1939 Taylorcraft BC-65

1939 Taylorcraft BC-65


During the late 30's and through the mid 40's,the Taylorcraft Corporation produced some very fine airplanes. Below is history highlights of this excellent line of classic aircraft. C. Gilbert Taylor started the Taylor Brothers Aircraft Corporation in 1929. Production began with the Taylor E-2 Cub, with production ceasing in 1936 after a production run of about 350. In 1935, improvements to the E-2 led to the J-2 Cub, the forunner to the Piper J-3 Cub developed in 1937. During the early 1930's Taylor's bankers brought in William T. Piper, a Pennsylvania oilman, to be the treasurer of the Company. Changes in management and control led to the company becoming the Piper Aircraft Company.By 1936 or so, Taylor had been forced out of the Piper Aircraft Company, and set about designing a new design. Taylor moved his company to Alliance, Ohio to produce his new Taylorcraft airplanes,but the company struggled financially for a number of years with many management changes, Taylor again being forced out of the company until the aviation boom went bust in 1947. On March 4, 1947 the company's assets went on the auction block. Since that time, the Taylorcraft has been produced by a number of different owners attempting to keep alive a basic tube and fabric design, with some more modern updating.In 1939 and 1940, Taylorcraft built the BL-65, BC-65 and the BF-60.All three models were the same airframe with a Continental, Lycoming, or Franklin engine. The number in the model designation indicated the engine horsepower. Seating was side-by-side. Slightly over 2,400 of these models were produced.As World War II broke out, all production of civilian airplanes ceased at the Taylorcraft Corporation. Taylorcraft submitted a tandum seat design for the U.S. Army Air Corps evaluation and the airplane was excepted and designated the L-2 liason aircraft. Some 2,200 were produced throughout the war.After the war, the BC-12 was updated and became the popular BC-12D, Taylorcraft's most-produced model with almost 4,200 being made. The BC-12D retained the popular Continental A-65-8A engine.It had side-by-side seating and an enclosed engine cowling.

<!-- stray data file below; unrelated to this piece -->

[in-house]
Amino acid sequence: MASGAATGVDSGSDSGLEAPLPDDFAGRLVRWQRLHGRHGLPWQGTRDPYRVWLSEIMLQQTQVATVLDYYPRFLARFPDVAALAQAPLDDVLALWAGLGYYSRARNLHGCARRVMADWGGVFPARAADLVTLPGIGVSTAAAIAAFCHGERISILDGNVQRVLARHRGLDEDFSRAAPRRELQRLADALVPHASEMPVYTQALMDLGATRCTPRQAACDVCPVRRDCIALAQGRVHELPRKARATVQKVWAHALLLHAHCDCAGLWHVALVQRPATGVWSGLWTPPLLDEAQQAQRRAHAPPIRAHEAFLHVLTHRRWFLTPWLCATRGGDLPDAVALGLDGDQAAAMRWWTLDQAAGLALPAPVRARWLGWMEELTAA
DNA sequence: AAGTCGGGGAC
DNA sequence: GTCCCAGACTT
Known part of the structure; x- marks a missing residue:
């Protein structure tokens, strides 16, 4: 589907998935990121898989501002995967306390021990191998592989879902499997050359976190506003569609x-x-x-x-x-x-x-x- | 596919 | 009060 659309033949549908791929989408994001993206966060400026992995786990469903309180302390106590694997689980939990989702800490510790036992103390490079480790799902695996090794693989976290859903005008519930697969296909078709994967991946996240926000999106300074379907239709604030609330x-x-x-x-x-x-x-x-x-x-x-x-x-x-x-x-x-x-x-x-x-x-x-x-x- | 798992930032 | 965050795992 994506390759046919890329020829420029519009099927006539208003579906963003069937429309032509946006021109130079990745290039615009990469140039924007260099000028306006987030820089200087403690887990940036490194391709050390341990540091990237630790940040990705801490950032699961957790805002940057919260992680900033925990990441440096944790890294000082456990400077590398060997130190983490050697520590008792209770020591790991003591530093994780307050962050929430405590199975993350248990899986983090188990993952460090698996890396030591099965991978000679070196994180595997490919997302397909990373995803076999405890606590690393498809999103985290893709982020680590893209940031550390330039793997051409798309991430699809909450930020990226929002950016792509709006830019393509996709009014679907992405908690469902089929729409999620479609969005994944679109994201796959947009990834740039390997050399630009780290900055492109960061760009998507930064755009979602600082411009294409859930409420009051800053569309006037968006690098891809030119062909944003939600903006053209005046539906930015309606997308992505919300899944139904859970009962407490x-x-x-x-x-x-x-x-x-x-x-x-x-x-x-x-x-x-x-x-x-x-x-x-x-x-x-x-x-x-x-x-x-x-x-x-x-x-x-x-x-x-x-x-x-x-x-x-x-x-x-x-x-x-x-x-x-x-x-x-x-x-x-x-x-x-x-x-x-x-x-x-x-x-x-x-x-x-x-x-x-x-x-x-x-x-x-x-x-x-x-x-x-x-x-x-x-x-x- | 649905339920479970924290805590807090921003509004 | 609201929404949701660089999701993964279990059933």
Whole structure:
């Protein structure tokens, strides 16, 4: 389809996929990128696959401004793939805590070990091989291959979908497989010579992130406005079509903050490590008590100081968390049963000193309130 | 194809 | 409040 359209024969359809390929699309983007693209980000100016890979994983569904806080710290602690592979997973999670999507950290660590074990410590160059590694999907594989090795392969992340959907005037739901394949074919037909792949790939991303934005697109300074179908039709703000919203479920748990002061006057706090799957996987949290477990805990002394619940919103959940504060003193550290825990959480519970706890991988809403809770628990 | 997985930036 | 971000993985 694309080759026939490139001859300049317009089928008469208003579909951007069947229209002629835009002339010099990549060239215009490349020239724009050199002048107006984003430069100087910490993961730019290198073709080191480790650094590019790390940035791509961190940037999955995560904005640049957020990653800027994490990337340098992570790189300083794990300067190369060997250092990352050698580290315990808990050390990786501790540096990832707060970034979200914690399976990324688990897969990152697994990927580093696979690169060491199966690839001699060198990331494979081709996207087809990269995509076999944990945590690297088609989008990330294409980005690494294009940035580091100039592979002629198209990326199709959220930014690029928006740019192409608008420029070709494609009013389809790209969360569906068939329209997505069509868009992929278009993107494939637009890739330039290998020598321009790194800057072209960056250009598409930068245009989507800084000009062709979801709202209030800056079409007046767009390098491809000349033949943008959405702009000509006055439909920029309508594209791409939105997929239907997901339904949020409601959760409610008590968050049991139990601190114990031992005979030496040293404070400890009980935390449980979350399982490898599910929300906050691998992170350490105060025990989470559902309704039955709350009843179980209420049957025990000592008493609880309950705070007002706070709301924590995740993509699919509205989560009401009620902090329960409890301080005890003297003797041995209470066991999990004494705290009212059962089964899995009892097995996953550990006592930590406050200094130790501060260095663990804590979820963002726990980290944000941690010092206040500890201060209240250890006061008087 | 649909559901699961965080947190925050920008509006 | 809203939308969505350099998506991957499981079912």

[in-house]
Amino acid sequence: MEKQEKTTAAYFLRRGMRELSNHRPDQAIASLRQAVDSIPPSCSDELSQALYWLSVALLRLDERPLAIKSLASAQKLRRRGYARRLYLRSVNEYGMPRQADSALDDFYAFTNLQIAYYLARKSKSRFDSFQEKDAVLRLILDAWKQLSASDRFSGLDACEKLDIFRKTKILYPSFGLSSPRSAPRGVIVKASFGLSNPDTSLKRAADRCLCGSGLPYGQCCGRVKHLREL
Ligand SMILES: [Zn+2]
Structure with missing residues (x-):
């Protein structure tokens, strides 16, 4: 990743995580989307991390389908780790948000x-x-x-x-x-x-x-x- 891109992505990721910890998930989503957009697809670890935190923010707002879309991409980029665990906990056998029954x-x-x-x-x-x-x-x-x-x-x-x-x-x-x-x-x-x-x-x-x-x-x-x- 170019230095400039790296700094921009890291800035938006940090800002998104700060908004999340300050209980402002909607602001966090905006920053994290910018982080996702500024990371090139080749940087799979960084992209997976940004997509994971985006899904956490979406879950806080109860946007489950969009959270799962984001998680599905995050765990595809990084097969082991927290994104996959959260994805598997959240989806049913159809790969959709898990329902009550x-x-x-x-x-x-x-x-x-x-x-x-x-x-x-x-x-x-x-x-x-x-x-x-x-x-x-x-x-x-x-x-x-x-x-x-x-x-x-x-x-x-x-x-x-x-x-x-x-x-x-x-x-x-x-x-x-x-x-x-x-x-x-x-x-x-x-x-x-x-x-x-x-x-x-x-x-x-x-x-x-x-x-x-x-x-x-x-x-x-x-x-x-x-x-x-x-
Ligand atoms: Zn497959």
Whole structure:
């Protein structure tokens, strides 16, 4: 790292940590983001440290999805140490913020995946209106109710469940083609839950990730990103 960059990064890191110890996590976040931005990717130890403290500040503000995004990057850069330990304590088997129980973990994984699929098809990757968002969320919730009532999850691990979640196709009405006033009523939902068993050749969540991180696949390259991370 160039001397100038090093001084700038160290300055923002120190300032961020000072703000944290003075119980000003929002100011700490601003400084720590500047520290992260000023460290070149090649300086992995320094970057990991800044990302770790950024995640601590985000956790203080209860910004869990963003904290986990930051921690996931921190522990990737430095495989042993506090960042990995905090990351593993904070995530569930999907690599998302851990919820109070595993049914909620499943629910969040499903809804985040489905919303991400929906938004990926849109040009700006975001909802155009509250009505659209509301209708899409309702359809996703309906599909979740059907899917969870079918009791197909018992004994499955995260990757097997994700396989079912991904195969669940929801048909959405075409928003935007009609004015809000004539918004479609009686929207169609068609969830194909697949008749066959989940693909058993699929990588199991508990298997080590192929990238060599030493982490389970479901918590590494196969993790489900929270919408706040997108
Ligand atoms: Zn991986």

Although the Taylorcraft never gained the popularity that the J-3 Cub has,the Taylorcraft is just as much fun to fly and is about 20 mph faster than a J-3 Cub and can be bought for much less than a J-3.The Taylorcraft was available as a land or seaplane,this side-by-side two-place sportplane was one of the"Big Three" in sales in it's day.
The Taylorcraft pictured on this page use to be a BL-65 and had a cowling that exposed the engine cylinders,but was converted from a lycoming engine to a continental and had the enclosed cowling installed.


SPECIFICATIONS II - Model BC-65, 2 PCLM, Approved July 22, 1939 Model BCS-65, 2 PCSM, Approved October 7, 1939 (Same as Model BC except engine installation) Engine: Continental A-65-1 Wing span 36' Length 22' Height6' 10" Weight empty 700 lbs. Useful Load 518 lbs. Baggage 30 LBs. FUEL 9 Gal. Fuel: 73 min. grade aviation gasoline Engine Limits: For all operations, 2350 rpm. 65 hp.) Propeller Limits: Static r.p.m. at full throttle: A-65-1 engine, not over 2300, not under 2070 Optional engines, not over 2250, not under 2070. No additional tolerance permitted. Diameter: (landplane) not over 83 in., not under 70 in. (seaplane) not over 79 in., not under 70 in. Airspeed Limits: (True Ind.) Landplane: Level flight or climb 105 mph (91 knots) Glide or dive 131 mph (114 knots)
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Written & Edited by Darrell Graves

1999 dgraves549@aol.com